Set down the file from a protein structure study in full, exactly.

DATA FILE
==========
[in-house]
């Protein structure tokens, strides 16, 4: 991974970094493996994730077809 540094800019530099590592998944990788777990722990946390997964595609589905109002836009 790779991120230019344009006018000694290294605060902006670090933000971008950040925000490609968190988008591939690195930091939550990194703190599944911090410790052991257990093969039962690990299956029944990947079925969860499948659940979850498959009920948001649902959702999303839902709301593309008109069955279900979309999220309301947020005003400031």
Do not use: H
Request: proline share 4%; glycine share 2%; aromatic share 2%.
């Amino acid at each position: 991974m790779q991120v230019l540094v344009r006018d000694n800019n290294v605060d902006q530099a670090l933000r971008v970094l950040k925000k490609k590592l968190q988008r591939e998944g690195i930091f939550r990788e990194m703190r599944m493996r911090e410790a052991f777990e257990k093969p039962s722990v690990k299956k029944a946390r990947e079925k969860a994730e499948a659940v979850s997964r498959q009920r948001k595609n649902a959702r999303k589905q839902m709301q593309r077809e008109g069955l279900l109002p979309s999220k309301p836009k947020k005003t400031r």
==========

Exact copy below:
[in-house]
């Protein structure tokens, strides 16, 4: 991974970094493996994730077809 540094800019530099590592998944990788777990722990946390997964595609589905109002836009 790779991120230019344009006018000694290294605060902006670090933000971008950040925000490609968190988008591939690195930091939550990194703190599944911090410790052991257990093969039962690990299956029944990947079925969860499948659940979850498959009920948001649902959702999303839902709301593309008109069955279900979309999220309301947020005003400031």
Do not use: H
Request: proline share 4%; glycine share 2%; aromatic share 2%.
């Amino acid at each position: 991974m790779q991120v230019l540094v344009r006018d000694n800019n290294v605060d902006q530099a670090l933000r971008v970094l950040k925000k490609k590592l968190q988008r591939e998944g690195i930091f939550r990788e990194m703190r599944m493996r911090e410790a052991f777990e257990k093969p039962s722990v690990k299956k029944a946390r990947e079925k969860a994730e499948a659940v979850s997964r498959q009920r948001k595609n649902a959702r999303k589905q839902m709301q593309r077809e008109g069955l279900l109002p979309s999220k309301p836009k947020k005003t400031r």